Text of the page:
One of the most appealing parts of Neil Gaiman’s Sandman series was that it was one of those rare long-running comic books that had a definitive end. It ran for a total of 75 issues and, for a while, that was it. Over the years, Gaiman had returned a few times to the universe in order to pen a short spin-off here or a short prequel comic there, but there had never really been anything major that expanded on the world of The Sandman – aside from Mike Carey’s equally long-running Lucifer series, spun off from the character’s few appearances in the main Sandman run. So, when it was announced that Gaiman would be teaming up with Vertigo to launch The Sandman Universe, a collection of four series inspired by and expanding upon the original Sandman run, I was a bit skeptical. Of the four titles that were revealed, there were two that interested me the most: Simon Spurrier’s The Dreaming and Dan Watters’ Lucifer. As The Dreaming was the first of the four books to launch, it’ll be the first of the four that I’ll cover here. In volume one of The Dreaming, Spurrier takes us back into the realm of the Dreaming where Daniel, the current Lord of Dreams, has disappeared just as things are going wrong. And it only gets crazier from there.
The Sandman Universe – The Dreaming, Volume 1: Pathways and Emanations
Written by: Simon Spurrier, illustrated by: Bilquis Evely, colors by: Mat Lopes
Lord Daniel’s absence triggers a series of crimes and calamities that consume the lives of those already tangled in his fate. Until he is found, his realm’s residents must protect its broken borders alone. But the most senior storytellers are tormented by invasive secrets, the warden Lucien is doubting his own mind, and beyond the gates, something horrific awaits with tooth and talon. Only Dora, the monstrous, finds opportunity in madness, stealing dreams for the highest bidder. But she has no idea how deep the danger lies. Meanwhile, in Daniel’s gallery, something new is growing…
Written by fan-favorite author Si Spurrier (Motherlands, Suicide Squad) with breathtaking art by standout artist Bilquis Evely (Batman, Wonder Woman). The first book in The Sandman Universe kicks off with fireworks as The Dreaming literally tears itself apart!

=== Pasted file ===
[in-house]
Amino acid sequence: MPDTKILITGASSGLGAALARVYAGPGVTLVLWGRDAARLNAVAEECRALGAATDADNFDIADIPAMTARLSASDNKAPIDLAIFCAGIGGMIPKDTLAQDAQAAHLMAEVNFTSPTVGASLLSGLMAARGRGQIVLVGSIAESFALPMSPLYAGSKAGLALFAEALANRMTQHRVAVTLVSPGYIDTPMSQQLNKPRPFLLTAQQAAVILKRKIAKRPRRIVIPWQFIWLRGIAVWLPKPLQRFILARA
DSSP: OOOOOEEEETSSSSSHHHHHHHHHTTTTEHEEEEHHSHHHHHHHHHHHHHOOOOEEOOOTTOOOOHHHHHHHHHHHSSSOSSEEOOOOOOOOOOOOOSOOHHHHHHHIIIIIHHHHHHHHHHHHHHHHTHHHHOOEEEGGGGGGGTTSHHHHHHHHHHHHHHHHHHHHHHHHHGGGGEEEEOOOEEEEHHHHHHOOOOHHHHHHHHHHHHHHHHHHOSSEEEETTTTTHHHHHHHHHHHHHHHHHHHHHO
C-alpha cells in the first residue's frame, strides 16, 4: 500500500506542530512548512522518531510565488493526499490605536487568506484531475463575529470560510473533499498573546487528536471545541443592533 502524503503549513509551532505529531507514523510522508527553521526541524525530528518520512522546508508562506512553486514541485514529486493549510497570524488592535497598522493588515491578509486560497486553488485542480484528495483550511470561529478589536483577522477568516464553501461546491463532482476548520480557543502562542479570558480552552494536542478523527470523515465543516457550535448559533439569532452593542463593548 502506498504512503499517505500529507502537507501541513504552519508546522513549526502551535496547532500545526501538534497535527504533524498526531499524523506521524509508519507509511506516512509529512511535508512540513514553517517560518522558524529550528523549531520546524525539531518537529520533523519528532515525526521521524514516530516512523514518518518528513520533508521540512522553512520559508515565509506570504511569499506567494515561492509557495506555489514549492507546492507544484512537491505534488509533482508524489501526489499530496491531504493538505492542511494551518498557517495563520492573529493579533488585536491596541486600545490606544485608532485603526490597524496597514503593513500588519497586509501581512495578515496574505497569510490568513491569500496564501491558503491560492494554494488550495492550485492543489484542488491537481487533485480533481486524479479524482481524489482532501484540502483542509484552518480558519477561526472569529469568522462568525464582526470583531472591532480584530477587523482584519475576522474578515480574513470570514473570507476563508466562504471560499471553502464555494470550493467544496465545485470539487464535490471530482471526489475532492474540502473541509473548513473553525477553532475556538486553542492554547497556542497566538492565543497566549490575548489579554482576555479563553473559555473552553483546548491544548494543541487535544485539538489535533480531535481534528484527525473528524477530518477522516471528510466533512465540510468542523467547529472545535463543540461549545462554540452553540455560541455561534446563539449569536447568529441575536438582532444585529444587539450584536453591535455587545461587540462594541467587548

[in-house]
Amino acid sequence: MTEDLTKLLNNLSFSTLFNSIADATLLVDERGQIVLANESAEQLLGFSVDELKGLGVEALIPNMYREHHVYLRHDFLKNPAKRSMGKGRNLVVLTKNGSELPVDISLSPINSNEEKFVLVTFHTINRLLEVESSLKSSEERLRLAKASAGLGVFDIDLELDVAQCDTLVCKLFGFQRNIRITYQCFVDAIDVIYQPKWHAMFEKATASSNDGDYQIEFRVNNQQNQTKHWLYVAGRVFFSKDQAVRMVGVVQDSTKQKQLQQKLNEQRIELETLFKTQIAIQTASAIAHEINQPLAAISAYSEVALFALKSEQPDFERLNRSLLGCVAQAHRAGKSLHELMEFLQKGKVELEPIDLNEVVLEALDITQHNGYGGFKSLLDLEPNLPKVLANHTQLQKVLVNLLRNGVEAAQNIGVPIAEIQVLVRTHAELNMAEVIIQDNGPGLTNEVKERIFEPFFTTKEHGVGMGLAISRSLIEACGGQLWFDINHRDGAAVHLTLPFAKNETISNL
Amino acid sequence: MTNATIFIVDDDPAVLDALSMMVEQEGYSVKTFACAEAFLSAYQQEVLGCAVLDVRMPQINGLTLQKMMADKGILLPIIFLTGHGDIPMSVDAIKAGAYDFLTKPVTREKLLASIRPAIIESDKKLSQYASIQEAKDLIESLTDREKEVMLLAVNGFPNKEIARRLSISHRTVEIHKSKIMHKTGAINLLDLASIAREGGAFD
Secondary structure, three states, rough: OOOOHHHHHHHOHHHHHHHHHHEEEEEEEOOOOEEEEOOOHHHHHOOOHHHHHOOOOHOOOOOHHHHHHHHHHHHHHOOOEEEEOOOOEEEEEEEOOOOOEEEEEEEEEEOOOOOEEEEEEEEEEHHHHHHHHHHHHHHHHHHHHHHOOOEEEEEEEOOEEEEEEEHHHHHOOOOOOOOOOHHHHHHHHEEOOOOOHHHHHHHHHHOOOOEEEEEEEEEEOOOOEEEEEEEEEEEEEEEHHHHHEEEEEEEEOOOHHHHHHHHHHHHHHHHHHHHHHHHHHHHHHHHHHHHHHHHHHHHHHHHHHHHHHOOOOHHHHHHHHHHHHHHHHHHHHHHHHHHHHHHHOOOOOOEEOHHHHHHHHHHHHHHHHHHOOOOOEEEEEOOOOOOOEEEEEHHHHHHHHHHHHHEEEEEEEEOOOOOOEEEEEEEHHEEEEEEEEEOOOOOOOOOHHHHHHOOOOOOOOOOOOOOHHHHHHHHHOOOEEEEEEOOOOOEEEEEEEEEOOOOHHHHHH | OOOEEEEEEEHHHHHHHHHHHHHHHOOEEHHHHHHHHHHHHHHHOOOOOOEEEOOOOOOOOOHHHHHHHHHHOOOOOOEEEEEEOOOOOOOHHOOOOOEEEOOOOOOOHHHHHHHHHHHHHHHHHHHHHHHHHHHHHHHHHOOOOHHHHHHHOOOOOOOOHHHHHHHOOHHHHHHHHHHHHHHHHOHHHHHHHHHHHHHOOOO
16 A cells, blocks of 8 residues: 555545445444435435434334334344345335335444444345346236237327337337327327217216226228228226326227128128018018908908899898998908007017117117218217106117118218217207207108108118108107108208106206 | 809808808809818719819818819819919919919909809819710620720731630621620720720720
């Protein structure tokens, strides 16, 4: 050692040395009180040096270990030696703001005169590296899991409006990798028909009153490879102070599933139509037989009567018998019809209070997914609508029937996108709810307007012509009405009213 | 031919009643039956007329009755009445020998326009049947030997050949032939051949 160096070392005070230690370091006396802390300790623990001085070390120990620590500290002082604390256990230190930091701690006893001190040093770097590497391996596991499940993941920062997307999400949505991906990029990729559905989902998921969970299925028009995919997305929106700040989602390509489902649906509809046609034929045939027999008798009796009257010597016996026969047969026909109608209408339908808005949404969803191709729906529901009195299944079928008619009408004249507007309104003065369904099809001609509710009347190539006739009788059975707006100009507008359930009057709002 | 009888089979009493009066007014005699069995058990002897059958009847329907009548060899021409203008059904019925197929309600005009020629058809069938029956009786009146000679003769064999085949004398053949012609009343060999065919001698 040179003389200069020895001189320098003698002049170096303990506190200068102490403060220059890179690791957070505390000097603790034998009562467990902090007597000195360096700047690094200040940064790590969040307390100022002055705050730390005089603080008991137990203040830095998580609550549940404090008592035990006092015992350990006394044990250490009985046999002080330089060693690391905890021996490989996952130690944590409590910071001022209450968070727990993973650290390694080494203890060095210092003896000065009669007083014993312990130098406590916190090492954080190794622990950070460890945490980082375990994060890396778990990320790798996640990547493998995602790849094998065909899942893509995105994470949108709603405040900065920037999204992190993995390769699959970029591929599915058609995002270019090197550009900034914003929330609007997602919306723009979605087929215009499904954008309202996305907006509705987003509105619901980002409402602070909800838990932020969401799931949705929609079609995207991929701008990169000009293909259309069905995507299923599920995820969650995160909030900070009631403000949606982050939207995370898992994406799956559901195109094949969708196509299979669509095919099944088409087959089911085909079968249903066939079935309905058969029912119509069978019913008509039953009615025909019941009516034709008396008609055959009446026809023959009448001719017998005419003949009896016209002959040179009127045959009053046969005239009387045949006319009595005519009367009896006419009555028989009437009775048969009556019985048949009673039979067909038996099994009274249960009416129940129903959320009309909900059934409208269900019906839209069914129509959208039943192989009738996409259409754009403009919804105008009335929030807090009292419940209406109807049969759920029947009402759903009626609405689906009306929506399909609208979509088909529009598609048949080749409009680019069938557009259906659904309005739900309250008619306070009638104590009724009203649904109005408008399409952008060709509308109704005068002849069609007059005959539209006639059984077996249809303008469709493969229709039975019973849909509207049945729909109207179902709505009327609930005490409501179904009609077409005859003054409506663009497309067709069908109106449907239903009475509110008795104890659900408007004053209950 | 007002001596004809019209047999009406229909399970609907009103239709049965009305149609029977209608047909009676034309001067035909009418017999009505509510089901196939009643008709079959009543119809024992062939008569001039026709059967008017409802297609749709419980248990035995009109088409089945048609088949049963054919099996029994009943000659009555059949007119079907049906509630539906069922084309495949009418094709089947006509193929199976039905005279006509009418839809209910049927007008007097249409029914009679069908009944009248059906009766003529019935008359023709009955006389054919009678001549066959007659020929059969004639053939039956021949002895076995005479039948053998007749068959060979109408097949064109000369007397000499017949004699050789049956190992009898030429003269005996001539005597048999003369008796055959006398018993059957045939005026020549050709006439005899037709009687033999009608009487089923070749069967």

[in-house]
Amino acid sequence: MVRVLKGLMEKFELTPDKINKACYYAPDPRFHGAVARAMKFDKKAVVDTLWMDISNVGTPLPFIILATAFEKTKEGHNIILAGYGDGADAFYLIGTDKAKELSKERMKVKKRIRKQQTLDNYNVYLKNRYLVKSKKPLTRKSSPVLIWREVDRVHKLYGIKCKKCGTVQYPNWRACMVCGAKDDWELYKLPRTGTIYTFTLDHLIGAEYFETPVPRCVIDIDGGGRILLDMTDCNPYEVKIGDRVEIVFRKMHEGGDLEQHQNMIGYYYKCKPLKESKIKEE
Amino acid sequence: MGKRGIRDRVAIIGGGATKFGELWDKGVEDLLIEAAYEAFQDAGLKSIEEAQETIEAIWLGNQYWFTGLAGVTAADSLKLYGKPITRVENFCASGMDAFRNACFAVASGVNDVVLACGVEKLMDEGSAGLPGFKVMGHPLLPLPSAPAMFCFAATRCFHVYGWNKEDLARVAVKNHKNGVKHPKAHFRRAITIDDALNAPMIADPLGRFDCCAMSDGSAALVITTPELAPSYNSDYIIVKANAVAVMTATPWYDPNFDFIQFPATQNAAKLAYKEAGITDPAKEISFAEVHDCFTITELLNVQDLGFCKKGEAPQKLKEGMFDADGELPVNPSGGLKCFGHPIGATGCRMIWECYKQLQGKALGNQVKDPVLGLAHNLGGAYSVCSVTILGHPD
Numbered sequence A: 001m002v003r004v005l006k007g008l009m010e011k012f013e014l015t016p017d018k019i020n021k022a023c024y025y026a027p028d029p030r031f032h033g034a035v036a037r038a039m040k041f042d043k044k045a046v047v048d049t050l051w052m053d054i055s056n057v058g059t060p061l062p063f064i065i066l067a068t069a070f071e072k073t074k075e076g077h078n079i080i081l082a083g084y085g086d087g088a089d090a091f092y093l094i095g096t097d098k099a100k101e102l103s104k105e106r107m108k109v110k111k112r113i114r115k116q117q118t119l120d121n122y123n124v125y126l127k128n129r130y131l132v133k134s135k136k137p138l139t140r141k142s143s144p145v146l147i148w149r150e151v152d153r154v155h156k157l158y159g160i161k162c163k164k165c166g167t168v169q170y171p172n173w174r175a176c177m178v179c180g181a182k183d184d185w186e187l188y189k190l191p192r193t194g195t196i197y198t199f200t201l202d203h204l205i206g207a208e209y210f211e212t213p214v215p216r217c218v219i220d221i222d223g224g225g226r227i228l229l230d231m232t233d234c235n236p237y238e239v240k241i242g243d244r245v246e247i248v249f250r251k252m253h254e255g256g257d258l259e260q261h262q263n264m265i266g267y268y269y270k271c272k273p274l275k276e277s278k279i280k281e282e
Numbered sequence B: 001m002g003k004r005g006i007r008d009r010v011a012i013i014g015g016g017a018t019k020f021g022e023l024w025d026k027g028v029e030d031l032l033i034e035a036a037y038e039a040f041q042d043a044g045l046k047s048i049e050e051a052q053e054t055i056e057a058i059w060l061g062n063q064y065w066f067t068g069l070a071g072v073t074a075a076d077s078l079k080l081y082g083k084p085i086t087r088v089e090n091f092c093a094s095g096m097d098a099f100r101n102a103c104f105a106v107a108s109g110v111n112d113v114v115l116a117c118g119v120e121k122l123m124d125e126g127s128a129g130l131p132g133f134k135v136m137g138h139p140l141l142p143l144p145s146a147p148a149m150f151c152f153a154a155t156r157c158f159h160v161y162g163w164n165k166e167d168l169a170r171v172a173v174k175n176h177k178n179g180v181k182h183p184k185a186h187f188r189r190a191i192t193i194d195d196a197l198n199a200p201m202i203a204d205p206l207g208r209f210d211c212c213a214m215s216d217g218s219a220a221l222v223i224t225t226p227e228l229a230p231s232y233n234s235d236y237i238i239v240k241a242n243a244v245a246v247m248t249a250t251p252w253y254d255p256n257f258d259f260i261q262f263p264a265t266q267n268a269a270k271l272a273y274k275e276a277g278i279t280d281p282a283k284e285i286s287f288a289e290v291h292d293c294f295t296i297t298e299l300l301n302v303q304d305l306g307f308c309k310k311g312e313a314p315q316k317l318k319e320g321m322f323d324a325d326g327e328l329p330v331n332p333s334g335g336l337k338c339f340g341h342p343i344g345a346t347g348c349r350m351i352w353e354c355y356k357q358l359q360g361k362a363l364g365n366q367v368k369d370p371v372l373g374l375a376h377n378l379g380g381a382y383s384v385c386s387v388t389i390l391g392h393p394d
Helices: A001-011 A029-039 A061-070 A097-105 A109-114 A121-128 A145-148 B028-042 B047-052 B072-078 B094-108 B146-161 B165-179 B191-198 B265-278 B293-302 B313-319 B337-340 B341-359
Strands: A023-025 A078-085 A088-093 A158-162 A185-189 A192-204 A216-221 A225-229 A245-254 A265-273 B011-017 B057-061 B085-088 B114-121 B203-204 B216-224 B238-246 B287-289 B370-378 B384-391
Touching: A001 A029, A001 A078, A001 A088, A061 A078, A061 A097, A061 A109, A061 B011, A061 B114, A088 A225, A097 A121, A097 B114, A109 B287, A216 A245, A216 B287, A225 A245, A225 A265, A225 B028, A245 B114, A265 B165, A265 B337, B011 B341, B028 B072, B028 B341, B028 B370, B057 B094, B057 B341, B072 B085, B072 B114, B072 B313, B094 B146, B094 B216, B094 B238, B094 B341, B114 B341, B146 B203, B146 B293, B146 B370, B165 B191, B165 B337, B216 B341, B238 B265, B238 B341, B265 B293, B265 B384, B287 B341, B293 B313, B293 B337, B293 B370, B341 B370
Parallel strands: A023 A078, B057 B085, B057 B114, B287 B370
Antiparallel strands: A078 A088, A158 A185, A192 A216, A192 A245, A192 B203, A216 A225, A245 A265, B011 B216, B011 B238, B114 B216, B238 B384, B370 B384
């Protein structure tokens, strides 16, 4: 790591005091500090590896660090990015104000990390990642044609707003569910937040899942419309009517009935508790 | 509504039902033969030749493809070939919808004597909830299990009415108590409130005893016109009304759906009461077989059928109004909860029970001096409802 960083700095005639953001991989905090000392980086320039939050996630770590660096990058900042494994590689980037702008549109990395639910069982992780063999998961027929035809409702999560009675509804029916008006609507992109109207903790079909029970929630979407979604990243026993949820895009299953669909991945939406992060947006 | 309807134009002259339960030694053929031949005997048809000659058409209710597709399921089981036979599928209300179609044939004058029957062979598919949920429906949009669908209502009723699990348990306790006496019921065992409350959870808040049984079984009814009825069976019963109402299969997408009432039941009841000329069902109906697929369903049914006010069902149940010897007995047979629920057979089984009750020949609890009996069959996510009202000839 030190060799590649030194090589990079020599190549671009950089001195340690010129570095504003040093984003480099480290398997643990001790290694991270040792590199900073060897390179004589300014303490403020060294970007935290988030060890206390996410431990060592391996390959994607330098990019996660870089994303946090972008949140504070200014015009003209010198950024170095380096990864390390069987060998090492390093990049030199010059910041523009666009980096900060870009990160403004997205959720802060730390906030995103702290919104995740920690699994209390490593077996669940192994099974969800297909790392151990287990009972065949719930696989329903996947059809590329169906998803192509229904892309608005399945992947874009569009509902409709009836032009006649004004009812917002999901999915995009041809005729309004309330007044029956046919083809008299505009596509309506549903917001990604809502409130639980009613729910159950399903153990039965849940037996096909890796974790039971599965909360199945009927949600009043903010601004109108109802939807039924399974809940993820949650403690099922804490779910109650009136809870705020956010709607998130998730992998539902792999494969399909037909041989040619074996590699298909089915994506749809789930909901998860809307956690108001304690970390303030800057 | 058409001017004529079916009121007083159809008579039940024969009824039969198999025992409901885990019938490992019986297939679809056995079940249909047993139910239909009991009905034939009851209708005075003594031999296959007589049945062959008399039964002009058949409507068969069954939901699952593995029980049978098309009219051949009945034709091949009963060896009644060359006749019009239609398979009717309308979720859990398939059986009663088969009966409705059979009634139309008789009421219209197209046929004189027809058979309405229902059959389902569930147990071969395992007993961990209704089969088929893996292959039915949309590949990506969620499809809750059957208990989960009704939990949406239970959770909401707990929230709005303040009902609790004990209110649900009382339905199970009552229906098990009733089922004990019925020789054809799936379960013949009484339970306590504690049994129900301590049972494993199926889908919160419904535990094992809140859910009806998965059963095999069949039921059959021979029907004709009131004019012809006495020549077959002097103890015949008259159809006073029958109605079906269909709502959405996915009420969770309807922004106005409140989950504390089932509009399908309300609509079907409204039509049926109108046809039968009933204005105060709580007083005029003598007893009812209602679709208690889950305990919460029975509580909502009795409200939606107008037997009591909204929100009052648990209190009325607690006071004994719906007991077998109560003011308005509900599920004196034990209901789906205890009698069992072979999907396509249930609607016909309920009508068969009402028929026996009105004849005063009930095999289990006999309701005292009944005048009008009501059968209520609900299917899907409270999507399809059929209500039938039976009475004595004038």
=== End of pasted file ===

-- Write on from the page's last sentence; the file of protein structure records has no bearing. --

The Sandman Universe is a new series of books curated by Neil Gaiman for DC Vertigo. Conjuring epic storytelling and immersing readers into the evolving world of the Dreaming, The Sandman Universe begins anew with four new ongoing series, existing in a shared universe, building upon Gaiman’s New York Times best-selling series that lyrically weaved together stories of dreams and magic.
Neil Gaiman’s original Sandman series was known for its dense plots and surreal imagery and The Dreaming beautifully continues that trend. From the very first page of this graphic novel, readers are assaulted with a barrage of crazy, fantastical imagery, accompanied by an immediately dense plot. To be totally honest, I’m not sure any description I could provide for this graphic novel would do the plot any real justice. Essentially, Daniel has gone missing and Lucien, Marv, and Matthew are trying to cope in his absence. Meanwhile, a new being has appeared in the Dreaming – Dora – who is angry at her perceived betrayal by Dream and seeking for her memories. All of these characters’ fates soon become intertwined as the Dreaming begins to fracture in the absence of Dream. In order to restore some kind of order to the realm, Marv unleashes Judge Gallows, a nightmare previously imprisoned by Dream after having gone a bit too far with his goal of fairly judging people. Naturally, this blows up in Marv’s face and everything just gets worse and worse.